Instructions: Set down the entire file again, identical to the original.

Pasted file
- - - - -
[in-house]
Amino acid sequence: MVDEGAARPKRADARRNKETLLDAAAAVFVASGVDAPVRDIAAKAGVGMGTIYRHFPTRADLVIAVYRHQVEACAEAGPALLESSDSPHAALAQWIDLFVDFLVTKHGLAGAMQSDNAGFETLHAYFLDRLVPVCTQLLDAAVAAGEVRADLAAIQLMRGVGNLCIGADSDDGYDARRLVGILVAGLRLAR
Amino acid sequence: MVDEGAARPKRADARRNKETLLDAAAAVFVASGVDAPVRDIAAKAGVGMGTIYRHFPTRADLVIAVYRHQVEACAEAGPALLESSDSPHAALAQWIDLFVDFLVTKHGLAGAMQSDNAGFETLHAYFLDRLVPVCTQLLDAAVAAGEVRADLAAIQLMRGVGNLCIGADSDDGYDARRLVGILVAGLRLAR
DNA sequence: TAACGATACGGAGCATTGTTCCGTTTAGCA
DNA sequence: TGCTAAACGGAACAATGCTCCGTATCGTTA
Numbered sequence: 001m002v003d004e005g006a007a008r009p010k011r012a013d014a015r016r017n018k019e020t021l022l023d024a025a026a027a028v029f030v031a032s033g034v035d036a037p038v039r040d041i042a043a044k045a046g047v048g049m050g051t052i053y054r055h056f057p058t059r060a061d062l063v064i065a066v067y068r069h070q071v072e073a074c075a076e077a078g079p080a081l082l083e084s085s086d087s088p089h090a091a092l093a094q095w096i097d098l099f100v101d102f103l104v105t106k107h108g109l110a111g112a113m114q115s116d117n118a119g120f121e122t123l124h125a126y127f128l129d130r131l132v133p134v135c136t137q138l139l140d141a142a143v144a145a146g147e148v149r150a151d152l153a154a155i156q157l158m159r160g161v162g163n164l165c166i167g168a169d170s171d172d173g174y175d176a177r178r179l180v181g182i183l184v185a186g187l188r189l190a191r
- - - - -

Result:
[in-house]
Amino acid sequence: MVDEGAARPKRADARRNKETLLDAAAAVFVASGVDAPVRDIAAKAGVGMGTIYRHFPTRADLVIAVYRHQVEACAEAGPALLESSDSPHAALAQWIDLFVDFLVTKHGLAGAMQSDNAGFETLHAYFLDRLVPVCTQLLDAAVAAGEVRADLAAIQLMRGVGNLCIGADSDDGYDARRLVGILVAGLRLAR
Amino acid sequence: MVDEGAARPKRADARRNKETLLDAAAAVFVASGVDAPVRDIAAKAGVGMGTIYRHFPTRADLVIAVYRHQVEACAEAGPALLESSDSPHAALAQWIDLFVDFLVTKHGLAGAMQSDNAGFETLHAYFLDRLVPVCTQLLDAAVAAGEVRADLAAIQLMRGVGNLCIGADSDDGYDARRLVGILVAGLRLAR
DNA sequence: TAACGATACGGAGCATTGTTCCGTTTAGCA
DNA sequence: TGCTAAACGGAACAATGCTCCGTATCGTTA
Numbered sequence: 001m002v003d004e005g006a007a008r009p010k011r012a013d014a015r016r017n018k019e020t021l022l023d024a025a026a027a028v029f030v031a032s033g034v035d036a037p038v039r040d041i042a043a044k045a046g047v048g049m050g051t052i053y054r055h056f057p058t059r060a061d062l063v064i065a066v067y068r069h070q071v072e073a074c075a076e077a078g079p080a081l082l083e084s085s086d087s088p089h090a091a092l093a094q095w096i097d098l099f100v101d102f103l104v105t106k107h108g109l110a111g112a113m114q115s116d117n118a119g120f121e122t123l124h125a126y127f128l129d130r131l132v133p134v135c136t137q138l139l140d141a142a143v144a145a146g147e148v149r150a151d152l153a154a155i156q157l158m159r160g161v162g163n164l165c166i167g168a169d170s171d172d173g174y175d176a177r178r179l180v181g182i183l184v185a186g187l188r189l190a191r